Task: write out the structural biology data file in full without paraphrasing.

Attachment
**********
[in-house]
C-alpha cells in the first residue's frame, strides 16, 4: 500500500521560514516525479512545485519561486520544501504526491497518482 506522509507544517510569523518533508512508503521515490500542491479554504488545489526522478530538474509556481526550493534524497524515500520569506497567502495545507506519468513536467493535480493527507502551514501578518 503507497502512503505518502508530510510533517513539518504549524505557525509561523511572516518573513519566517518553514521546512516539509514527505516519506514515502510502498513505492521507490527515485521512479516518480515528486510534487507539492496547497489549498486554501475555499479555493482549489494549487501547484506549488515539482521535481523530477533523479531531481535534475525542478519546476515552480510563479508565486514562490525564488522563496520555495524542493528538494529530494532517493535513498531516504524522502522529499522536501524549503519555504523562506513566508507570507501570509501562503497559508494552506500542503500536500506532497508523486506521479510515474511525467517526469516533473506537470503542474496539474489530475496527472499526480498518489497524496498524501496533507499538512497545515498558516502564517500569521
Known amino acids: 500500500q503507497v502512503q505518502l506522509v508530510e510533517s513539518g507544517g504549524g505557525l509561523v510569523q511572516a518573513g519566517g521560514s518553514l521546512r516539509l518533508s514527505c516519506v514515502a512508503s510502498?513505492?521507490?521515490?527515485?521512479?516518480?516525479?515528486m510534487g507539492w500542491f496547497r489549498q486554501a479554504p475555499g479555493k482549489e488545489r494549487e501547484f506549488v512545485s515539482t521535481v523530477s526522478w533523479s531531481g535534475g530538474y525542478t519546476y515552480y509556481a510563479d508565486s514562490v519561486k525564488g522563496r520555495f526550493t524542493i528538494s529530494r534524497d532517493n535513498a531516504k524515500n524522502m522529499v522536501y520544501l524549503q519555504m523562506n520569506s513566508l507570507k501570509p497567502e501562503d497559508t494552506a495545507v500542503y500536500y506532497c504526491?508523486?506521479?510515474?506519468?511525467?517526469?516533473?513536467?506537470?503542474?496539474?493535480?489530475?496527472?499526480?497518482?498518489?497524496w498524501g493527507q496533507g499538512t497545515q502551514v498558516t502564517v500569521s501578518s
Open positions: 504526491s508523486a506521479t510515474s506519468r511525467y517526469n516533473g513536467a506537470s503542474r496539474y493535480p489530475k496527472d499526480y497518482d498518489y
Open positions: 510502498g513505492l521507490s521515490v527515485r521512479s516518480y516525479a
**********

[in-house]
C-alpha cells in the first residue's frame, strides 16, 4: 500500500521560514516525479512545485519561486520544501504526491497518482 506522509507544517510569523518533508512508503521515490500542491479554504488545489526522478530538474509556481526550493534524497524515500520569506497567502495545507506519468513536467493535480493527507502551514501578518 503507497502512503505518502508530510510533517513539518504549524505557525509561523511572516518573513519566517518553514521546512516539509514527505516519506514515502510502498513505492521507490527515485521512479516518480515528486510534487507539492496547497489549498486554501475555499479555493482549489494549487501547484506549488515539482521535481523530477533523479531531481535534475525542478519546476515552480510563479508565486514562490525564488522563496520555495524542493528538494529530494532517493535513498531516504524522502522529499522536501524549503519555504523562506513566508507570507501570509501562503497559508494552506500542503500536500506532497508523486506521479510515474511525467517526469516533473506537470503542474496539474489530475496527472499526480498518489497524496498524501496533507499538512497545515498558516502564517500569521
Known amino acids: 500500500q503507497v502512503q505518502l506522509v508530510e510533517s513539518g507544517g504549524g505557525l509561523v510569523q511572516a518573513g519566517g521560514s518553514l521546512r516539509l518533508s514527505c516519506v514515502a512508503s510502498?513505492?521507490?521515490?527515485?521512479?516518480?516525479?515528486m510534487g507539492w500542491f496547497r489549498q486554501a479554504p475555499g479555493k482549489e488545489r494549487e501547484f506549488v512545485s515539482t521535481v523530477s526522478w533523479s531531481g535534475g530538474y525542478t519546476y515552480y509556481a510563479d508565486s514562490v519561486k525564488g522563496r520555495f526550493t524542493i528538494s529530494r534524497d532517493n535513498a531516504k524515500n524522502m522529499v522536501y520544501l524549503q519555504m523562506n520569506s513566508l507570507k501570509p497567502e501562503d497559508t494552506a495545507v500542503y500536500y506532497c504526491?508523486?506521479?510515474?506519468?511525467?517526469?516533473?513536467?506537470?503542474?496539474?493535480?489530475?496527472?499526480?497518482?498518489?497524496w498524501g493527507q496533507g499538512t497545515q502551514v498558516t502564517v500569521s501578518s
Open positions: 504526491s508523486a506521479t510515474s506519468r511525467y517526469n516533473g513536467a506537470s503542474r496539474y493535480p489530475k496527472d499526480y497518482d498518489y
Open positions: 510502498g513505492l521507490s521515490v527515485r521512479s516518480y516525479a